3 out of 5 stars
Infusing blues basics with punky, garage guitar rock wasn’t even new when the Jon Spencer Blues Explosion, the White Stripes or the Black Keys started making the genre cool for the Y generation. And Florida’s Benjamin Booker isn’t taking it anywhere it hasn’t already been on his high profile, stripped down debut for Dave Matthews’ label. But by adding a bit of Velvet Underground-styled repeated riffing, throaty, grainy vocals and an aesthetic that can best be described as raggedy to the bare bones formula, he’s being hailed as the next big thing.
Whether he can follow up this strong, unvarnished debut remains to be seen, but Booker surely feels comfortable whipping off gnarly, often distorted and psychedelic guitar licks over skeletal bass and drums backing. The production is the very definition of homemade low-fi which adds to the overall charm of music that wouldn’t connect with anything more polished. At times Booker sounds like a young, angry Paul Westerberg if the Replacements’ frontman was anchored by blues.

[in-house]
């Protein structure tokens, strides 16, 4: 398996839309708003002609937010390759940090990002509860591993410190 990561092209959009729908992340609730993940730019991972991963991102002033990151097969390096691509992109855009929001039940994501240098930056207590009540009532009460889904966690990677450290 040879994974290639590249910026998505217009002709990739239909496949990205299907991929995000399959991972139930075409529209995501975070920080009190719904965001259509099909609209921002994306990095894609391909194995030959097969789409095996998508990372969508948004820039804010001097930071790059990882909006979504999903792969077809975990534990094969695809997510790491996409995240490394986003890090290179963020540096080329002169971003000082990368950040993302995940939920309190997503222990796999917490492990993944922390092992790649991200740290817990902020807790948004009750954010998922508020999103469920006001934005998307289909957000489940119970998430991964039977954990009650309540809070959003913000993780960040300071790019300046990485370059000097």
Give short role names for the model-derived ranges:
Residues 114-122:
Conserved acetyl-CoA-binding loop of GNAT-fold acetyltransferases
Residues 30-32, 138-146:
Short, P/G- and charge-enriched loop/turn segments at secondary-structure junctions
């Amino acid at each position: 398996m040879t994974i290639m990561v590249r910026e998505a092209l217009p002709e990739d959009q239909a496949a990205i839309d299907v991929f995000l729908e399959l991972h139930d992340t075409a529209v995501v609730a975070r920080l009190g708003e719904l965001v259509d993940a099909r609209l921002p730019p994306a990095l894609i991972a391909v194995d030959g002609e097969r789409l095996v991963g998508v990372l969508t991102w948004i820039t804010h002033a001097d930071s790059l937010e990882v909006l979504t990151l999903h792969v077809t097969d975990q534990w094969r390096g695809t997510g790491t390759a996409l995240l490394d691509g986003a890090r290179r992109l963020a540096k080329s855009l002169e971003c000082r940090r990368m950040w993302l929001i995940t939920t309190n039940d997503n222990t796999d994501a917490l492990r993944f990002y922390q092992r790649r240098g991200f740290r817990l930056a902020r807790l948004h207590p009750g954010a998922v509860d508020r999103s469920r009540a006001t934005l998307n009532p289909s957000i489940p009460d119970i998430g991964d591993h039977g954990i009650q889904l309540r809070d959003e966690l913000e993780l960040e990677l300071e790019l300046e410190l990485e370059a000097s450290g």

These songs are variations on standard three chord boogie riffs with just enough fresh melody, attitude and arrangements to put Booker onto Jack White’s radar. Opening for White’s current tour will boost the singer/guitarist’s visibility and those new converts should enjoy the earthy pleasures of an album that feels lived in, raw and real. It’s tough and grimy but you have to wonder how many others are out there bashing out similarly trashy rock who haven’t gotten Booker’s breaks. Regardless, give him credit for staying true to his minimalist roots and let’s hope he can craft a career out of the gutbucket rock and roll basics he has a firm grasp of here.